During Jesus’ time on earth, feet washing was a courtesy. It was bestowed upon guests when they went into another’s home (Luke 7:37-38). Thus, the Lord was treating the disciples like his own guests. It was Jesus’ final Passover and he spent the time ministering to his disciples. At the same time, Jesus’ need was great. Only a short time later do we find him praying for deliverance from the upcoming events (Mt 26:39). Yet in all these things Jesus humbled himself in the sight of the Father.

If anyone has ever had bragging rights it was Jesus. He was the only begotten son of God (John 3:16). He was also a miracle worker (Mt 8:23-27). He could feed thousands with mere scraps (John 6:1-15) and his following was growing. He had something to boast about. Yet he didn’t. He never felt entitled. Rather he humbled himself in the sight of God and the disciples. He showed us how to act amid greatness.


Lord, please help me grow in humility. Take boasting out of my mouth and help me become a servant to others. Thank you for interceding on my behalf, Lord. Help me behave more like You. In Jesus’ name, amen.

Willing Servants

John 12:1-3 WEB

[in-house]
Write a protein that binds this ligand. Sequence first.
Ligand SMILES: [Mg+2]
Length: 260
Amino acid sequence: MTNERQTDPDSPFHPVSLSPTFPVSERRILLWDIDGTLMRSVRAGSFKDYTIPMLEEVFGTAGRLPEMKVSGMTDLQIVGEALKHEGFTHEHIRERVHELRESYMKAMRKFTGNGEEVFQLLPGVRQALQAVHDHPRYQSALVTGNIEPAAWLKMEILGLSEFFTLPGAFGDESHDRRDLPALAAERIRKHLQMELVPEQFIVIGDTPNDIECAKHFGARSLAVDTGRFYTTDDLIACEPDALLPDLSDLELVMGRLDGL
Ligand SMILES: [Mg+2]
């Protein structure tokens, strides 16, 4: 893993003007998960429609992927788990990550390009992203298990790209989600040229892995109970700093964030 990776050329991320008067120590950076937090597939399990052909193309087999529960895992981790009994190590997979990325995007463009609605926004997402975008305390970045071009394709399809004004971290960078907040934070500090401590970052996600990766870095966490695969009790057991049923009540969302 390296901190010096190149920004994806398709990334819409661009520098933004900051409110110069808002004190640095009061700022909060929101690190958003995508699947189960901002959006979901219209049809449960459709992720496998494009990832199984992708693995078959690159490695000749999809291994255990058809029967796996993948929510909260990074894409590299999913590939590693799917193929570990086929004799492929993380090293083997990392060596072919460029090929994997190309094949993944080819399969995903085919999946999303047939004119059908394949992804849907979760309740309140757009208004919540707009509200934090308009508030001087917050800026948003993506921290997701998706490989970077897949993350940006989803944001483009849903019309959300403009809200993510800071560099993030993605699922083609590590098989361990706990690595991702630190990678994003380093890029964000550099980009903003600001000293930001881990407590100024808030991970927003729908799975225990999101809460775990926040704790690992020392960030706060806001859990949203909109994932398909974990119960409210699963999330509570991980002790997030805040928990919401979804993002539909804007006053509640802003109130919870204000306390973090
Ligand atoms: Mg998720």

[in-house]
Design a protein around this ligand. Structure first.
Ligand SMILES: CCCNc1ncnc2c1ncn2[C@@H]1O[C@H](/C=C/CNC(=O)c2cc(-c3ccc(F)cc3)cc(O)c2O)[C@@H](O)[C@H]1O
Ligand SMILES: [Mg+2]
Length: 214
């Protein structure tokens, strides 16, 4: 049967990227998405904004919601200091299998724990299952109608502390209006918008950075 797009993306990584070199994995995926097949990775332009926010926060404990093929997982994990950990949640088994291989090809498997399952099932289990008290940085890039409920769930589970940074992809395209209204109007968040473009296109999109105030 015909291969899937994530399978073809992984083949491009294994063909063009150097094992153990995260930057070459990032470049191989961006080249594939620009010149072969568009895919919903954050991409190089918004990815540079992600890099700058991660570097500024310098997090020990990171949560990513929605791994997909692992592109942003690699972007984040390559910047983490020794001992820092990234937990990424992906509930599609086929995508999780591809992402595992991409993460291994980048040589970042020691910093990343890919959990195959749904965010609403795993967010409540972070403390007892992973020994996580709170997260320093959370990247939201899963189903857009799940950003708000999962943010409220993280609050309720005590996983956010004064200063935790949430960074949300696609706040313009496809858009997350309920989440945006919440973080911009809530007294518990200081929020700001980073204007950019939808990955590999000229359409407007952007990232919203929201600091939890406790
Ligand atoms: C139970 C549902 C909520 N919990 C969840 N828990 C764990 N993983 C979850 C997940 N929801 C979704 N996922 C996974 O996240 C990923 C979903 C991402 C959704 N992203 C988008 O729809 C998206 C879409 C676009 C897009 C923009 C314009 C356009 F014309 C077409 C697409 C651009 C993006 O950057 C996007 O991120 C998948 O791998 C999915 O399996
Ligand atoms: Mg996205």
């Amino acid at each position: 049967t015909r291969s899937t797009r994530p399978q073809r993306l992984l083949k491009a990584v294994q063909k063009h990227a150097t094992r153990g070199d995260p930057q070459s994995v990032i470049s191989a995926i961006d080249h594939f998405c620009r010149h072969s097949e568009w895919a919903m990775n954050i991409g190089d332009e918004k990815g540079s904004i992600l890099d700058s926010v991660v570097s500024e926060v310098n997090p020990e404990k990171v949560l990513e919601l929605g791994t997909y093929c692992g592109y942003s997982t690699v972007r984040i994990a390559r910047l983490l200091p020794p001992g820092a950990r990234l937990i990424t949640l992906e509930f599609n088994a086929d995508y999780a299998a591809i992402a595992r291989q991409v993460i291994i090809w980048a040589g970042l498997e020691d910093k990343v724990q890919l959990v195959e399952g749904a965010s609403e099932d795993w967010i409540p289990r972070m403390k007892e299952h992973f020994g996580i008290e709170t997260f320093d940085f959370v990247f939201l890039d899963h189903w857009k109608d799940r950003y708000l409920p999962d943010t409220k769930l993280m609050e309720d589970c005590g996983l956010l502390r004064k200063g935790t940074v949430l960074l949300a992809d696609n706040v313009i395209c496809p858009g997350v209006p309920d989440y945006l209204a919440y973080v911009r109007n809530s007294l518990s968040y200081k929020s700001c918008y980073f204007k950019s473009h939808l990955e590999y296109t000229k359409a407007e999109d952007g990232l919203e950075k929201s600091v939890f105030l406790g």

Then six days before the Passover, Jesus came to Bethany, where Lazarus was, who had been dead, whom he raised from the dead. [2] So they made him a supper there. Martha served, but Lazarus was one of those who sat at the table with him. [3] Mary, therefore, took a pound of ointment of pure nard, very precious, and anointed the feet of Jesus, and wiped his feet with her hair. The house was filled with the fragrance of the ointment.


Mary had been angry with Jesus because he tarried at Lazarus’ death (John 11). Her anger did not stop Jesus’ obedience to the Father. Nor did it make Jesus love her less. Mary did not recognize the work of God happening around her. But she would soon see the greatest of Jesus’ miracles, the raising of Lazarus. Now, after a bit of time passed, we find this same Mary anointing the feet of Jesus. She probably washed Jesus’ feet, dried them, anointed them (gave Jesus a foot massage), and finally wiped the excess ointment off with her hair.

Mary was capable of great emotional responses. Though she is quiet, she is mighty. Her sacrifice ministered to Jesus, but it also impacted everyone in the house. Jesus’ feet and Mary’s hair were filled with the ointment which perfumed the environment. Also, Martha cooked a large meal and the good smells from the dinner were filling the air. The house smelled wonderful.

The house was full. We learn in John 12:4 that the apostles are also at the dinner. The people in the house were impacted by the faith of Mary and Martha. Everyone could enjoy the fragrances in the house. Mary and Martha’s faith had a positive impact on all those around them. They sacrificed and served, willingly. They shared what they had and ministered to Jesus and the apostles. Because of the willingness of the sisters to sacrifice and serve, Jesus comes to their home.


Lord, please help me be a willing servant. Help me give sacrifices of worship and help me serve with a glad heart. I want you to draw near to me and for my heart to be a place you gladly dwell. In Jesus’ name, amen.